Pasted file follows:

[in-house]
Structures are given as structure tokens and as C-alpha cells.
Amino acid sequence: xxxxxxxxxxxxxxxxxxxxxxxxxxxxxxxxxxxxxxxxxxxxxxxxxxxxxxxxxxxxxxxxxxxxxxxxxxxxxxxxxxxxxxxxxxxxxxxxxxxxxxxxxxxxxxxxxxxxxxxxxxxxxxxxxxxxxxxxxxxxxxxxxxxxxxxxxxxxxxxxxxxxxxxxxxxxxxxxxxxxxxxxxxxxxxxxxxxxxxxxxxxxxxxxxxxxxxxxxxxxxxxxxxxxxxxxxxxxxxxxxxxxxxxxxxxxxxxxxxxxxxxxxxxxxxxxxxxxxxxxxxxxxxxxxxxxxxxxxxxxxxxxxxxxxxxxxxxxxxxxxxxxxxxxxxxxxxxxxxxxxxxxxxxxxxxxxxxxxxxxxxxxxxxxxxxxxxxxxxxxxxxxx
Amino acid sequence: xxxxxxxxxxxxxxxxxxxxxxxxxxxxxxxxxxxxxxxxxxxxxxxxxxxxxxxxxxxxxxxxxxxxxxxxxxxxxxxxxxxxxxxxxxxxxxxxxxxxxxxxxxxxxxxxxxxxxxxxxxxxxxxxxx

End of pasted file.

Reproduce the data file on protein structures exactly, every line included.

[in-house]
Structures are given as structure tokens and as C-alpha cells.
Amino acid sequence: xxxxxxxxxxxxxxxxxxxxxxxxxxxxxxxxxxxxxxxxxxxxxxxxxxxxxxxxxxxxxxxxxxxxxxxxxxxxxxxxxxxxxxxxxxxxxxxxxxxxxxxxxxxxxxxxxxxxxxxxxxxxxxxxxxxxxxxxxxxxxxxxxxxxxxxxxxxxxxxxxxxxxxxxxxxxxxxxxxxxxxxxxxxxxxxxxxxxxxxxxxxxxxxxxxxxxxxxxxxxxxxxxxxxxxxxxxxxxxxxxxxxxxxxxxxxxxxxxxxxxxxxxxxxxxxxxxxxxxxxxxxxxxxxxxxxxxxxxxxxxxxxxxxxxxxxxxxxxxxxxxxxxxxxxxxxxxxxxxxxxxxxxxxxxxxxxxxxxxxxxxxxxxxxxxxxxxxxxxxxxxxxx
Amino acid sequence: xxxxxxxxxxxxxxxxxxxxxxxxxxxxxxxxxxxxxxxxxxxxxxxxxxxxxxxxxxxxxxxxxxxxxxxxxxxxxxxxxxxxxxxxxxxxxxxxxxxxxxxxxxxxxxxxxxxxxxxxxxxxxxxxxx